Goal Setting

Every New Years, the same thing happens to everybody; you decide to get healthy, lose 20 pounds or go to the gym twice a day. By January 31st, you’ve forgotten what your goal even was, let alone made any real progress towards actually achieving it. Why is it that we so frequently fail to achieve these kinds of goals? Half the time it’s because we’ve never been taught how to properly set a goal, so right out of the gate, we’re set up for failure. When coaching cross country, I learned a fair amount about setting goals; I learned what makes a goal achievable and how to get there, and hopefully my experiences can help you achieve your goals.

First, make your goal measurable. Don’t just set the goal to be healthy; what is healthy? How will you know if you’ve achieved it? Make clearly defined goals such as losing 15 pounds or being able to complete a 5k race. You need to have a clear finish line so you can mark your progress and know when you’re getting close.  Second, give yourself a time frame. It’s too easy to put off your goals if you don’t have any time frame. Trying to lose 20 pounds? If you don’t tell yourself that you have 4 months to do it, you’ll keep putting it off until 2 years have passed. Third, be realistic. You know yourself pretty well by now, so don’t set a goal that’s clearly impossible. If you’ve never run a day in your life, completing an ironman this year probably isn’t going to happen. If you set unrealistic goals, you’re just going to be frustrated when you are unable to achieve them.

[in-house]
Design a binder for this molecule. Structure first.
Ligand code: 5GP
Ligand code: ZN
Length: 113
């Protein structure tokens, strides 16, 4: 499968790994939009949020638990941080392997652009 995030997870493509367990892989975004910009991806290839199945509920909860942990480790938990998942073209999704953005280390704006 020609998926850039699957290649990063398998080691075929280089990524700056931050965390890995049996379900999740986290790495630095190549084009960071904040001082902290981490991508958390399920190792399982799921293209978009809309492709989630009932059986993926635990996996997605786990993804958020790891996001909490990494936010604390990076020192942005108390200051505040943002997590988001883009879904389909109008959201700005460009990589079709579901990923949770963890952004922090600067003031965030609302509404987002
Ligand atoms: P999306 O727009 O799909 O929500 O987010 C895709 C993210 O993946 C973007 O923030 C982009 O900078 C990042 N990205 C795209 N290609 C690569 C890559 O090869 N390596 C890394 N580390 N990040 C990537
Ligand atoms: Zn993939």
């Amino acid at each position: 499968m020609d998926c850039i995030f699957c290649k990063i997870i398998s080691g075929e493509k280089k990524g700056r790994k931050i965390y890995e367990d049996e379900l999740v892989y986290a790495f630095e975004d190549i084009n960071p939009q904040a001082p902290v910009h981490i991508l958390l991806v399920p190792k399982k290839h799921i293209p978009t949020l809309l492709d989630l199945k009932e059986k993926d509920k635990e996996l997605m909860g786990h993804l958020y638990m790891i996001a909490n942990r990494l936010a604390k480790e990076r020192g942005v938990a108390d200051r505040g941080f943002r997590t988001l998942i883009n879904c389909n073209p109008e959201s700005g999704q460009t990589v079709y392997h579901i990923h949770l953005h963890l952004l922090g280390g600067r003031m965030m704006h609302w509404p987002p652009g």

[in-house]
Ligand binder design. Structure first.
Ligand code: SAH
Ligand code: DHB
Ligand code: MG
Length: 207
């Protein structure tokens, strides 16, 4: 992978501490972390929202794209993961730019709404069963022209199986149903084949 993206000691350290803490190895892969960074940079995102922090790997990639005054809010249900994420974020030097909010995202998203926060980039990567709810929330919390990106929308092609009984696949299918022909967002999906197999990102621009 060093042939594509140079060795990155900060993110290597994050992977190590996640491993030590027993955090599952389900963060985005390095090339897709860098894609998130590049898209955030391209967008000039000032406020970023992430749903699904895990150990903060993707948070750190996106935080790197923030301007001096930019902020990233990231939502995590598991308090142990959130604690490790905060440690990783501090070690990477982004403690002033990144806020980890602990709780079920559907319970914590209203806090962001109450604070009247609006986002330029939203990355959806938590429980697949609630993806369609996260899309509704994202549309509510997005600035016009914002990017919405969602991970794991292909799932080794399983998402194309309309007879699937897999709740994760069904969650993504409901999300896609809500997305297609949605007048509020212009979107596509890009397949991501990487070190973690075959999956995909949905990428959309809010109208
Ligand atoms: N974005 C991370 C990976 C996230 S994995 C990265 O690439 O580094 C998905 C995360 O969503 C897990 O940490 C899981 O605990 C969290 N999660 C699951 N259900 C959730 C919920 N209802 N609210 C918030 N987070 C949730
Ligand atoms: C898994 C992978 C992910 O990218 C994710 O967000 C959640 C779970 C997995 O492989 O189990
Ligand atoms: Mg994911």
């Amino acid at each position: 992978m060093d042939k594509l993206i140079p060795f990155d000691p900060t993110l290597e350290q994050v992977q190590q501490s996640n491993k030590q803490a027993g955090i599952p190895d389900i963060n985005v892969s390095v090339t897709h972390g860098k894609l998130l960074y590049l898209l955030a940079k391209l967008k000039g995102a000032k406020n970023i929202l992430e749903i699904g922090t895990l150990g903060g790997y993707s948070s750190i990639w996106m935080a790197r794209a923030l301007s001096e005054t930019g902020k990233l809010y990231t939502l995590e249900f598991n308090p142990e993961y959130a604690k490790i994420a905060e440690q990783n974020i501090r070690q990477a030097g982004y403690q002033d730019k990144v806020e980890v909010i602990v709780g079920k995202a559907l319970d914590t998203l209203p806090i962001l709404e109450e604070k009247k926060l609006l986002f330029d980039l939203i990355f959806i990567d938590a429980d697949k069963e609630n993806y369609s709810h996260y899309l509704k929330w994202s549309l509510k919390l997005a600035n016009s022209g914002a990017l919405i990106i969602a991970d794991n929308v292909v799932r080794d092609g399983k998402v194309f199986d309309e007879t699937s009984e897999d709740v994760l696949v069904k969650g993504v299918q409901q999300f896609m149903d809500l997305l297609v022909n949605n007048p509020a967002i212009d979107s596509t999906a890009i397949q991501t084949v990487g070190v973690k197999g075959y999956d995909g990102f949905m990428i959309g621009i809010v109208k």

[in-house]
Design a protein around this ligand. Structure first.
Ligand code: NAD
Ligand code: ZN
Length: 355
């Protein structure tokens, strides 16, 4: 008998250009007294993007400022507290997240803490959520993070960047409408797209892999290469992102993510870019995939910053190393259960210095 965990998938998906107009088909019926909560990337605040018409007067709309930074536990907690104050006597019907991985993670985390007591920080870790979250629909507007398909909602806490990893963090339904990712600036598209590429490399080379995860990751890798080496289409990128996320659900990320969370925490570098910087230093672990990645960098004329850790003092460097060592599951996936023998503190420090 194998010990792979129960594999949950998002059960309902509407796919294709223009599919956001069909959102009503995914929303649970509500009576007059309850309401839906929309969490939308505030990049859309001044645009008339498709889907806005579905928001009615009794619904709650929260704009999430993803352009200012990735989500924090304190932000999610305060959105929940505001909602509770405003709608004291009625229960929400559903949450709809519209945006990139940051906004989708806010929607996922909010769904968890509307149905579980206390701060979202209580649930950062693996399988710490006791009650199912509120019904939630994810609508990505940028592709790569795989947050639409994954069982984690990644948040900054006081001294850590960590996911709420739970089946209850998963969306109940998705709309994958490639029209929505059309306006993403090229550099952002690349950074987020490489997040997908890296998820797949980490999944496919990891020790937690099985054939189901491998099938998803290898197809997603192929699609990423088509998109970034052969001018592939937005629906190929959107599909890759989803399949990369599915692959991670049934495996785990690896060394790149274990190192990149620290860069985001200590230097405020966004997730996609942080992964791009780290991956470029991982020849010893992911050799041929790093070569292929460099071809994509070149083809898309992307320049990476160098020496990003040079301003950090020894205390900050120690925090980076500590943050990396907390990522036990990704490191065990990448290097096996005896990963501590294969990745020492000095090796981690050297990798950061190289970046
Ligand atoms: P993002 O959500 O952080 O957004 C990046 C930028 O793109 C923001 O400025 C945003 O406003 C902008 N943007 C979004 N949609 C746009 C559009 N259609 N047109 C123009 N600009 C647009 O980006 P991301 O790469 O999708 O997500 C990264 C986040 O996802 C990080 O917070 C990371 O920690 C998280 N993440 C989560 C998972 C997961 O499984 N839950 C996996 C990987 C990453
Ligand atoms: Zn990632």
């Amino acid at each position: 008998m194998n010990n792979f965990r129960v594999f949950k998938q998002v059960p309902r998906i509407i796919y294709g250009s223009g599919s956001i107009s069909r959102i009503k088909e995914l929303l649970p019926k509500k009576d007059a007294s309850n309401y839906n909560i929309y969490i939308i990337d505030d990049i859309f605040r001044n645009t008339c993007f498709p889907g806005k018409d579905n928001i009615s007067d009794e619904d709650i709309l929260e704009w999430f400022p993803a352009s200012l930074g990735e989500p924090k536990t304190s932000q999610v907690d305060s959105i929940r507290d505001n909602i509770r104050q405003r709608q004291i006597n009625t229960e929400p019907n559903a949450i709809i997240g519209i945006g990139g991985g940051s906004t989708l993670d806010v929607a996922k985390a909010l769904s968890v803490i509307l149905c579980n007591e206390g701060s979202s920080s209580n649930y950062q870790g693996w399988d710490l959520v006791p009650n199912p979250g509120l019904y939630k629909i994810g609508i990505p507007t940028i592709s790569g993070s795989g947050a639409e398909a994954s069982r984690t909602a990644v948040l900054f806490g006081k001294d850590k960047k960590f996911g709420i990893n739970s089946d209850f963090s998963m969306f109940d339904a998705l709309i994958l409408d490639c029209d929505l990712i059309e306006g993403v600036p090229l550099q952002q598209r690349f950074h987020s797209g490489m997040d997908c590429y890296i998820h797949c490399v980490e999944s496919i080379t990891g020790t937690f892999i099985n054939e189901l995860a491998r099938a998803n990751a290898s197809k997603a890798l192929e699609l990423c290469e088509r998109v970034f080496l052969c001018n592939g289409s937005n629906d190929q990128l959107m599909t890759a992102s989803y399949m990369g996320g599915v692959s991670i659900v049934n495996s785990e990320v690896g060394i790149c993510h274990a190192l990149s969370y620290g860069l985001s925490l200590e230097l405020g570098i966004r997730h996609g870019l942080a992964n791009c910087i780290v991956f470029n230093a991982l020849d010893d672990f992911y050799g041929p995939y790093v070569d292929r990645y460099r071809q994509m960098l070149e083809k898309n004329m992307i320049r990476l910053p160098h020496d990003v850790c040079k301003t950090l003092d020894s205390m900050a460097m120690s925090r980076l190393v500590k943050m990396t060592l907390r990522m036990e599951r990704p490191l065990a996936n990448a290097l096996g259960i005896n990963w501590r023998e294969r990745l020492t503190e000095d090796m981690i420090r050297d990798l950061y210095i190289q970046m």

Finally, the most important thing about setting a goal is to write it down! Research has actually shown that people who write down their goals are more likely to achieve them. So, write down your goal and put it in a place where you see it every day. This strategy worked wonders for me a few years ago when I was training for a race. I set a goal to run a 5k in 19:55 and to keep myself on track I told my entire cross country team and then wrote my goal time on an index card by my computer at work. Every day when I left work to go run, I saw that 19:55 and knew that my team would be asking about my race. It definitely motivated me to train on those days I didn’t feel like it.

Anything is possible if you put your mind to it. Just set measurable, realistic goals and write them down! Anyone brave enough to share their goals here?



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